Are you looking for answers, need support and encouragement?
|Chapter 1:||Take the Time to Really Learn Who You are||1|
|Marie’s son committed suicide and husband died from pancreatic cancer|
|Chapter 2:||Don’t Let Anyone Make Your Life Decisions for You||13|
|Lynn talks about her husband’s brain cancer at the age of 59 – married 29 years.|
|Chapter 3:||Stand Up for What You Know is Right||27|
|Sarah’s husband had a tumor in his liver and died at 64 – married 43 years.|
|Chapter 4:||Don’t Expect a Quick Fix||39|
|Maya was married 25 years when her husband died of a massive heart attack at age 46.|
|Chapter 5:||Write It All Out In a Journal||49|
|Ruth had 2 young children when her husband died of a heart attack at age 45 – married 18 years,|
|Chapter 6:||Don’t be Afraid of Remarrying||61|
|Grace’s marriage was difficult, husband died of cancer at 75 –married 55 years, 9 children & 1 died.|
|Chapter 7:||Try Life On Your Own Before You Get Into Another Relationship||73|
|Vicky’s second husband died at 57 – widowed twice|
|Chapter 8:||Think about the Good Times You Had Together and Not the Hard Times||85|
|Ann’s husband died of brain cancer at age 55 – married 35 years.|
|Chapter 9:||Don’t Clutter Your Life With Stuff||97|
|Helen was a caregiver for years to her second husband, died at age 76 – married 23 years.|
|Chapter 10:||Don’t Give Up Your Independence||107|
|Lucy’s husband had heart surgery, dementia, cancer – marriage was difficult.|
|Chapter 11:||Trust in the Lord With All Your Heart||119|
|Janet was only 40 when her pastor husband died of brain cancer – two young children.|
|Chapter 12:||Helping Others Will Help You to Heal and Grow||131|
|Heidi’s husband committed suicide and her daughter grew up to be suicidal.|
|Chapter 13:||Find Someone to Talk to About Your Husband||143|
|Tina had three husbands – she talks about life with each one and her true love.|
|Chapter 14:||Do the Things You Always Said You Wanted to Do||155|
|Joan lost her daughter (cerebral palsy), mother (breast cancer) and husband within two years.|
|Chapter 15:||Try to Find Your Own Balance||167|
|Roseanne’s son died at age 11 and husband died on the job two years later – she was 39.|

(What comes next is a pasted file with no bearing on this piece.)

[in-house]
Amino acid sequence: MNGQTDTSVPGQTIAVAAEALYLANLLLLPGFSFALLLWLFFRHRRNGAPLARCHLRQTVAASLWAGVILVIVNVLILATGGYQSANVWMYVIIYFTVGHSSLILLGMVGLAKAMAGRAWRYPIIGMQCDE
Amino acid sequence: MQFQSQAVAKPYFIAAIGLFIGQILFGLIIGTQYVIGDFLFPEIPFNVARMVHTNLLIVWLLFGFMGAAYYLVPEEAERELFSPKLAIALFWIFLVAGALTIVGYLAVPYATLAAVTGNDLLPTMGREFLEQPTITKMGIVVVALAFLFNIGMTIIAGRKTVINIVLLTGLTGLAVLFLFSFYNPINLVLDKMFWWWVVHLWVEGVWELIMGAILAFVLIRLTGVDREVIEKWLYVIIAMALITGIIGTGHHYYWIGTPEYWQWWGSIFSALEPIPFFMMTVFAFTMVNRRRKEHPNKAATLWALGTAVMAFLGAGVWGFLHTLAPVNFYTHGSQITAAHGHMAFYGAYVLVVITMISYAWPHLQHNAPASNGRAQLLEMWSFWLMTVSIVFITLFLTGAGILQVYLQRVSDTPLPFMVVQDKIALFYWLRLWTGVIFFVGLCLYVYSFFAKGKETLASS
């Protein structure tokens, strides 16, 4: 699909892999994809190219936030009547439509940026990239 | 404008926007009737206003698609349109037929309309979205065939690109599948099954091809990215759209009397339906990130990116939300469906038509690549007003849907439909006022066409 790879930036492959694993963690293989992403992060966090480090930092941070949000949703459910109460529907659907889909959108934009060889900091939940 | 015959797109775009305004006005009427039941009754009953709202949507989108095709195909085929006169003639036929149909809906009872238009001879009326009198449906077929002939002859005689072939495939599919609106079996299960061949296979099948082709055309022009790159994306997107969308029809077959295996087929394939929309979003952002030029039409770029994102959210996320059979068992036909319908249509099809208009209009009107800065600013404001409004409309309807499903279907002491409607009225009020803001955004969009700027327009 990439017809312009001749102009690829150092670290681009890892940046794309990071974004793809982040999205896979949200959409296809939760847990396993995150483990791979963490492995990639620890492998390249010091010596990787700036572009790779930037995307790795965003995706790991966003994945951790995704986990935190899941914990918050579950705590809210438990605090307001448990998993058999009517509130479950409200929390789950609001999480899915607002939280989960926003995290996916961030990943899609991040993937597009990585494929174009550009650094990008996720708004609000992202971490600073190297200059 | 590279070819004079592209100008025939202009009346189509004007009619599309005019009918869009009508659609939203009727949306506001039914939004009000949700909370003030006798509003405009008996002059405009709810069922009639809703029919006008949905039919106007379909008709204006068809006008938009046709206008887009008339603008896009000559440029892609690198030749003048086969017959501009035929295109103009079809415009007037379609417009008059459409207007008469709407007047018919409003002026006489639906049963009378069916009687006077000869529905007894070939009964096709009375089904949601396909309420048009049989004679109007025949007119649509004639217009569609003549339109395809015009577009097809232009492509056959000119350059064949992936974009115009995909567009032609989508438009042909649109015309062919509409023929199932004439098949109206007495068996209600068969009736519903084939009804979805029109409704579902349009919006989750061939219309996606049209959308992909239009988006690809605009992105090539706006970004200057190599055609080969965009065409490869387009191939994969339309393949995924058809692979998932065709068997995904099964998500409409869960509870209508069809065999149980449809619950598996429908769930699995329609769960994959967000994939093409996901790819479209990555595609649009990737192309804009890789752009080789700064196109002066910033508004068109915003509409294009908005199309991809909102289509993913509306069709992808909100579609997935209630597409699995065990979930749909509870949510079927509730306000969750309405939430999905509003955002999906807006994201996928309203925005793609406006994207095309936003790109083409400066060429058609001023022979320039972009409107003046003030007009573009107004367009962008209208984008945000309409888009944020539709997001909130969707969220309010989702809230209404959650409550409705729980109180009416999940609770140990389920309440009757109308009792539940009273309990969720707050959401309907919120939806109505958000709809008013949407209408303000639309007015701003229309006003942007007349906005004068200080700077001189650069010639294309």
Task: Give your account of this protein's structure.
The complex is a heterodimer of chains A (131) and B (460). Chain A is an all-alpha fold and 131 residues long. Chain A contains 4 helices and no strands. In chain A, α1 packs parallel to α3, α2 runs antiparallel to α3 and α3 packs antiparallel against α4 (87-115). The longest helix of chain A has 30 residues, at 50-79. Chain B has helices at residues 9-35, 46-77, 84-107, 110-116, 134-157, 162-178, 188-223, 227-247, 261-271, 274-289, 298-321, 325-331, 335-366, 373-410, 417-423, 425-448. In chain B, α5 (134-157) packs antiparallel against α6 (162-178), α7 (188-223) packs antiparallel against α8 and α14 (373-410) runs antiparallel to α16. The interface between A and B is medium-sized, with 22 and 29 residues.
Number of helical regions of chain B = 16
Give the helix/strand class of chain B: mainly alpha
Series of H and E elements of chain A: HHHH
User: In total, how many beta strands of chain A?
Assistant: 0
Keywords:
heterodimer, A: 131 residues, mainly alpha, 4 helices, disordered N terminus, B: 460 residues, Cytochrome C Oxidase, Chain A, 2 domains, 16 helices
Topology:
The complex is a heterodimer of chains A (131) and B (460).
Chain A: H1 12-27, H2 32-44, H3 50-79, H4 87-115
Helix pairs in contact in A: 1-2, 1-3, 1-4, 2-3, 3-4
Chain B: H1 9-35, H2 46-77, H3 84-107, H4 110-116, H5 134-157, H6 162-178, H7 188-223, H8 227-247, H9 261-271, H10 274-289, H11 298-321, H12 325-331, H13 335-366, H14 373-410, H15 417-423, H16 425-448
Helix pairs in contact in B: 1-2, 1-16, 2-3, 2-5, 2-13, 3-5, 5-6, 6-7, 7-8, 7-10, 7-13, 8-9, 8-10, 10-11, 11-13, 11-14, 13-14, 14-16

|Chapter 16:||The Author’s Story||179|
|Mary was 50 when her husband died of cancer – married 27 years.|
|Listen to an overview of The Sisterhood of Widows:||
A “PDF download” is a word document readable on most computers and devices.
As a widow I had to find my balance and my recovery was easier due to the support I received from the community. They embraced my belief that all widows need the support of the outside world to get their balance back. I thank all the people that support me as a widow and in turn make it possible for me to extend that support to other widows like me.
Here are a couple of examples:
Mary Francis has mapped a journey that none of us wish to embark upon; widowhood. This book chronicles the experiences of sixteen women who have made that journey revealing the host of emotions and challenges they encountered along the way. If you’ve been widowed your journey will be unique, but I believe you will find comfort, strength and inspiration in the courage that is the common thread here. In the equally brave act of sharing their stories, these women have offered a gift to those who will follow in these difficult footsteps.
—Holly Reid, Preplanner/Aftercare Advisor, Brenan’s Funeral Homes, Saint John, New Brunswick, Canada[su_spacer size="20"]
Finally! A motivational book to help widow’s face an incredibly difficult time. The life lessons they share reveal their raw and real experiences—emotionally, financially and physically. In the health care profession, we see women put themselves last in a crisis and their health deteriorates because of it. This book is a wonderful collection of “life after loss” experiences and how women not only survive, but find a way to thrive.